This year and last weren’t the first times Tacoma held a civic debate over the origins of its totem pole.
Carved in 1903 and erected in time to greet President Teddy Roosevelt, the endangered pole will soon get some help standing under a contract awarded by the city. By summer’s end, a steel pole will be placed behind the historic totem and support arms will grip the totem in two places.
The stabilization ends for now a discussion over whether the pole should be preserved or taken down and allowed to decompose. Among the arguments for the latter was that the pole wasn’t authentic, wasn’t carved by Native American carvers and was insulting to regional tribes.
Without finding conclusive answers to questions about the pole, a special city committee decided it was still worth keeping as a historic artifact — if not of tribal culture then as an example of early Tacoma boosterism.
Tacoman Mardi Clark has taken an interest in the story of the pole — especially in the man who brought it to the city. While the original cost of the pole was shared by Chester Thorne and William F. Sheard, it was Sheard who seems to have been the impetus behind it.
Clark researched Sheard and found that he bought and sold animal furs and skins, antlers and tribal artifacts. His customers included the ultra-rich: the Astors, the Vanderbilts and the Russian royal family. Sheard made frequent trips to Alaska and would have been familiar with, and familiar to, Alaska natives.
Clark has little doubt that Sheard would have used native carvers and found what might be a key piece of the puzzle. In 1924, in response to questions from the Metropolitan Park Board which had jurisdiction of the pole, Sheard wrote a letter from his home in Long Beach, California.
According to the Tacoma Ledger of Dec. 14, 1924, Sheard said he commissioned the pole to compete with Seattle, which displayed a totem pole downtown. He wrote that he “tired of reading about it in every magazine and paper published” and decided to “get a larger and better totem pole for Tacoma and stop all the noise about Seattle’s totem pole.”
Sheard wrote that he knew that Alaska tribes did not sell their poles “any more than you would sell your family Bible with its record of family births or the family tombstone.”
Because he did not want to steal a pole from Alaska as Seattle did, he “brought down from Alaska their best carvers, got the stick of cedar from the St. Paul & Tacoma Lumber Company and had it carved in the St. Paul yards, keeping the carvers and their families in Tacoma most of the summer.”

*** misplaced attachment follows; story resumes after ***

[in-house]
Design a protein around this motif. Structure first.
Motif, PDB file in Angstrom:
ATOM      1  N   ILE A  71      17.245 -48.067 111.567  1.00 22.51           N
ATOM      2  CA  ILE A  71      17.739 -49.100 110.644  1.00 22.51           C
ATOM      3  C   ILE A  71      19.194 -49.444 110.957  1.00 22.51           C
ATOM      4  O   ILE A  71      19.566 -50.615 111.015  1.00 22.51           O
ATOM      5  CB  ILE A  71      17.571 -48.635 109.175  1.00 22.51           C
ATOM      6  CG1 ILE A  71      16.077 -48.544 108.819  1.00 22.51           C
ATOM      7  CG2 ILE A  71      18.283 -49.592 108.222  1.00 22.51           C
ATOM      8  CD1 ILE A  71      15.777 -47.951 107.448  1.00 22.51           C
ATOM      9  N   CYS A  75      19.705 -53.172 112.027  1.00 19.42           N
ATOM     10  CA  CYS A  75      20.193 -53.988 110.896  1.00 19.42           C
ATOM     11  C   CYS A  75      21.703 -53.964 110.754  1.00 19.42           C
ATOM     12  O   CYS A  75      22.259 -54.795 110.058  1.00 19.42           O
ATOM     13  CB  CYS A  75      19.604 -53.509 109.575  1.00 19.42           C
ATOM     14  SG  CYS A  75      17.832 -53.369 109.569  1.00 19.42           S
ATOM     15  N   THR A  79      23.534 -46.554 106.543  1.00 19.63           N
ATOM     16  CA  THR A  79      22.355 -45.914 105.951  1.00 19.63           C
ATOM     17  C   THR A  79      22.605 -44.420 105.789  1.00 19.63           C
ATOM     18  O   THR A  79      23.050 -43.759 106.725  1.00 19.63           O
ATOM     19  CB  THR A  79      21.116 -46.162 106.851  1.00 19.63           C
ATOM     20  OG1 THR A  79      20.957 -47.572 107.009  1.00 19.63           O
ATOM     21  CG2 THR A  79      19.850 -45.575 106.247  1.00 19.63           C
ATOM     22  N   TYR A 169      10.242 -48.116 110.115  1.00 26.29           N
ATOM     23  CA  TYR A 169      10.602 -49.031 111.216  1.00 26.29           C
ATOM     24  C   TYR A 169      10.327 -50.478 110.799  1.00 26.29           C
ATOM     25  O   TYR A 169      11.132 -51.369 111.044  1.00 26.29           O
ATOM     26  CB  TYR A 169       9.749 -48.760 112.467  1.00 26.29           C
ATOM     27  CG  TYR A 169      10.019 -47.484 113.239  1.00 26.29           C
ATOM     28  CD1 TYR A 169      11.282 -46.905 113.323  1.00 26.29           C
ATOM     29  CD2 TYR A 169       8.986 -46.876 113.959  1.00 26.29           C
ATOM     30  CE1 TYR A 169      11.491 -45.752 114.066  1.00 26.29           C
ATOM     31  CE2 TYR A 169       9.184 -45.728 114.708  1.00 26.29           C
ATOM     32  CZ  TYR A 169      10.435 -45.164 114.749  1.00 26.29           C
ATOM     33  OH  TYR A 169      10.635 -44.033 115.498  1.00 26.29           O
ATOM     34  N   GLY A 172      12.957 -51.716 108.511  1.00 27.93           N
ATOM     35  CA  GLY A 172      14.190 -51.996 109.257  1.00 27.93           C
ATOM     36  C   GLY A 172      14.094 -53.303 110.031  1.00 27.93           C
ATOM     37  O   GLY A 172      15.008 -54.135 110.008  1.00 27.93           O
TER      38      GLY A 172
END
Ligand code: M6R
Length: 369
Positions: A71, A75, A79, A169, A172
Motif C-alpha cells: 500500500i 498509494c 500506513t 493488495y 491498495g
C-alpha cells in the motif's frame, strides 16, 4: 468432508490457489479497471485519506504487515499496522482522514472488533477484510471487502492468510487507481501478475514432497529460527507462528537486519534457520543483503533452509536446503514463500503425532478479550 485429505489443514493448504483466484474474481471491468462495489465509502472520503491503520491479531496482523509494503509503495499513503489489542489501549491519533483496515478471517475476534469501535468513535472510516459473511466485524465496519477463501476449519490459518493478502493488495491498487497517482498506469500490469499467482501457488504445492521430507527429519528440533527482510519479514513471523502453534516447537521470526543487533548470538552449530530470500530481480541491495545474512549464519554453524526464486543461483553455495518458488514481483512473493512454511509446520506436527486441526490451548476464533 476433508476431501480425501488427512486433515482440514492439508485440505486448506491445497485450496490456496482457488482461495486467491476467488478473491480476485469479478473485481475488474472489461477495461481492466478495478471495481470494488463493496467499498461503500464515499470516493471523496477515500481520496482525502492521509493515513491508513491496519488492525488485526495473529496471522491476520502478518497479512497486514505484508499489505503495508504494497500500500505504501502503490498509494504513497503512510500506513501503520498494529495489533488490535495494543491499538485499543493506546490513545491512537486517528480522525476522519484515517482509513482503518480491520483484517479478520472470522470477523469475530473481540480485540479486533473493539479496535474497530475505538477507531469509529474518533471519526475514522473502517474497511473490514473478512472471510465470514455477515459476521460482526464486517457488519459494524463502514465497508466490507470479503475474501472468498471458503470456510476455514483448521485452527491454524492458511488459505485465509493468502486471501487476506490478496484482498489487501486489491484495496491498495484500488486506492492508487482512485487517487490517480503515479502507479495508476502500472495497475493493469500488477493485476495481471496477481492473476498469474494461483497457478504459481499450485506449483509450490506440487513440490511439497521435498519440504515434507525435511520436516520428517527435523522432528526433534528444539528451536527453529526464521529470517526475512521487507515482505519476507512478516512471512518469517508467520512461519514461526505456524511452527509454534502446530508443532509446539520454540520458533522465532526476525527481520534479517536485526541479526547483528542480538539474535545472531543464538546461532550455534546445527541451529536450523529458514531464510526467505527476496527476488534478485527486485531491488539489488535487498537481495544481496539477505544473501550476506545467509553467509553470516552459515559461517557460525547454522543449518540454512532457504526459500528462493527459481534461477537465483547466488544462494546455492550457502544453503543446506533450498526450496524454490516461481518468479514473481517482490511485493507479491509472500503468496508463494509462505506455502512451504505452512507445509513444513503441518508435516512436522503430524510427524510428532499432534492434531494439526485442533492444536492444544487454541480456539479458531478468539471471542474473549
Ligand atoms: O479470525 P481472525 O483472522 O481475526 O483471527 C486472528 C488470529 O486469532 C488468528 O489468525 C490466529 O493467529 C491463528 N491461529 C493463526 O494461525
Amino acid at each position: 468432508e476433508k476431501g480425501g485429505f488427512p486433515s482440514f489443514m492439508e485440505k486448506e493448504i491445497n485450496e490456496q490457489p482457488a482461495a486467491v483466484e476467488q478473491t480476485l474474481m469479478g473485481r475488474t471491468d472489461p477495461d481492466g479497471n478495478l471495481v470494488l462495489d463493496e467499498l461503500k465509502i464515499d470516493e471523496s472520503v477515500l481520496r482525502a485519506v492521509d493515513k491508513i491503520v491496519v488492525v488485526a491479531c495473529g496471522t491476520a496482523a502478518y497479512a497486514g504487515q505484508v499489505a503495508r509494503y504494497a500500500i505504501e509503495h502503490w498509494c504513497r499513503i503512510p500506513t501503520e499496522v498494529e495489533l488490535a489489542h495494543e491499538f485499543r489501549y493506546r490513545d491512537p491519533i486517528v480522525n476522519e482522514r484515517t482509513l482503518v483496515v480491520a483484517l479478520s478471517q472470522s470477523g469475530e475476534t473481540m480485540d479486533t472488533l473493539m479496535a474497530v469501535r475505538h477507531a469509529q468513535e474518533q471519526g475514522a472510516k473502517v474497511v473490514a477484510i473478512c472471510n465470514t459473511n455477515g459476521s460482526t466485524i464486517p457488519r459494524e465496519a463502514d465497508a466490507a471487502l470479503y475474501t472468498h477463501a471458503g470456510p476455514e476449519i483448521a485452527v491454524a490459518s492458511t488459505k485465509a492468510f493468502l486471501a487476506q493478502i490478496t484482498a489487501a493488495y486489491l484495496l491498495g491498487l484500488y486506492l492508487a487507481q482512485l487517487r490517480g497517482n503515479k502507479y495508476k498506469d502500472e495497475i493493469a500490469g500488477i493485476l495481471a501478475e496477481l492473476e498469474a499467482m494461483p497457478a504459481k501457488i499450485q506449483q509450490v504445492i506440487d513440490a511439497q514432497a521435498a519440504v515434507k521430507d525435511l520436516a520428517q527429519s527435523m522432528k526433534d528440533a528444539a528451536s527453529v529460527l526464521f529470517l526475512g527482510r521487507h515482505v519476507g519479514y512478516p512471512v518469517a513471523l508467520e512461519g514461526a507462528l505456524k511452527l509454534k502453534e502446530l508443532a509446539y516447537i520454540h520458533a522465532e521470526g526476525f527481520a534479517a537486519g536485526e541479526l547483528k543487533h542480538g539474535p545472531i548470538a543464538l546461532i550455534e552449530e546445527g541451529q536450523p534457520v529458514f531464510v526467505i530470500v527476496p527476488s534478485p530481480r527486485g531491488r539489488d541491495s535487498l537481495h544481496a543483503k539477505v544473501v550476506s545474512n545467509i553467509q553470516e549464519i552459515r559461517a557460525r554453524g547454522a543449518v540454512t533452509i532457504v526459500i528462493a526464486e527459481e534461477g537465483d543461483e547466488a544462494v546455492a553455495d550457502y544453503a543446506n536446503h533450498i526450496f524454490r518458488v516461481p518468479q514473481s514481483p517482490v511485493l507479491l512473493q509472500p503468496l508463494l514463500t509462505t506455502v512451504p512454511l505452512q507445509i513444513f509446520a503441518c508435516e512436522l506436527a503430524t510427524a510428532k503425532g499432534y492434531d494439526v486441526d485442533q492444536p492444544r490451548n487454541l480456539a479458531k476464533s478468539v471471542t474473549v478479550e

Sheard asserted that the pole is the story of the “Eagle Tribe of Alaska.”
Thorne was a prominent banker and industrialist. His name is still familiar because of his Thornewood Castle in Lakewood. Much less is known of Sheard. His store, near the Tacoma Hotel and the pole, was destroyed by fire in 1913. He didn’t rebuild and retired from the business, later moving to California.
But for 18 years, after arriving from Livingston, Montana, he was prominent in the city and the region. An excellent marksman, Sheard won shooting competitions around the Northwest, as did his first wife, Lizzy. He either invented or purchased the rights to an innovative gun sight that was popular among owners of Winchester rifles.
And he was acquainted with Buffalo Bill Cody. Brian Kamens, researcher at Northwest Room of the Tacoma library, found a 1953 letter to the Tacoma Ledger from a Spokane man who said he witnessed Sheard get tossed out of a Cody performance for heckling. Sheard, it seems, was angry that Cody refused to endorse his gun sight.
Sheard is buried at the Tacoma Cemetery, but other than the pole itself, the only other evidence of his time here stands just off the corner of North Fifth Street and Yakima Avenue. An apartment building now stands where Sheard had built a mission-style mansion. But in the courtyard of the Vista Palms Apartments is a tall palm tree placed there by William and Lizzy Sheard.Peter Callaghan: 253-597-8657 peter.callaghan@ thenewstribune.com @CallaghanPeter